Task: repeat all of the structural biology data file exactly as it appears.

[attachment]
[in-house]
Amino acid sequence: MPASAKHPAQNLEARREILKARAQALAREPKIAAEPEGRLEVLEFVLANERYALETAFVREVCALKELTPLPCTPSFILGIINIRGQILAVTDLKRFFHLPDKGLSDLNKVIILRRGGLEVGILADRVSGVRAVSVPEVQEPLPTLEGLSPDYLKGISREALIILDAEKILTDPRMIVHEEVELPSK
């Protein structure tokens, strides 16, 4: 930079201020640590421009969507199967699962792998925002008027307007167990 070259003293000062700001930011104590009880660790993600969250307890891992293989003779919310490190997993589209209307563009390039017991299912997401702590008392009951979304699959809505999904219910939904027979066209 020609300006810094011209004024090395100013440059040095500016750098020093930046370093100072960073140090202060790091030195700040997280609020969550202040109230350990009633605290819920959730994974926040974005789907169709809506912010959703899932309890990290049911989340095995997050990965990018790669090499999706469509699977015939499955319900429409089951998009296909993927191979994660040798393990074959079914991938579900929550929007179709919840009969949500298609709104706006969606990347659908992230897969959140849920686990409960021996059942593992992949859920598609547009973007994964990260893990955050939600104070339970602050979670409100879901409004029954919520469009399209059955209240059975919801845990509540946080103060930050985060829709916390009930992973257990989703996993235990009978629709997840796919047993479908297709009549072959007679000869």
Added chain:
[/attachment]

[in-house]
Amino acid sequence: MPASAKHPAQNLEARREILKARAQALAREPKIAAEPEGRLEVLEFVLANERYALETAFVREVCALKELTPLPCTPSFILGIINIRGQILAVTDLKRFFHLPDKGLSDLNKVIILRRGGLEVGILADRVSGVRAVSVPEVQEPLPTLEGLSPDYLKGISREALIILDAEKILTDPRMIVHEEVELPSK
């Protein structure tokens, strides 16, 4: 930079201020640590421009969507199967699962792998925002008027307007167990 070259003293000062700001930011104590009880660790993600969250307890891992293989003779919310490190997993589209209307563009390039017991299912997401702590008392009951979304699959809505999904219910939904027979066209 020609300006810094011209004024090395100013440059040095500016750098020093930046370093100072960073140090202060790091030195700040997280609020969550202040109230350990009633605290819920959730994974926040974005789907169709809506912010959703899932309890990290049911989340095995997050990965990018790669090499999706469509699977015939499955319900429409089951998009296909993927191979994660040798393990074959079914991938579900929550929007179709919840009969949500298609709104706006969606990347659908992230897969959140849920686990409960021996059942593992992949859920598609547009973007994964990260893990955050939600104070339970602050979670409100879901409004029954919520469009399209059955209240059975919801845990509540946080103060930050985060829709916390009930992973257990989703996993235990009978629709997840796919047993479908297709009549072959007679000869």
Added chain: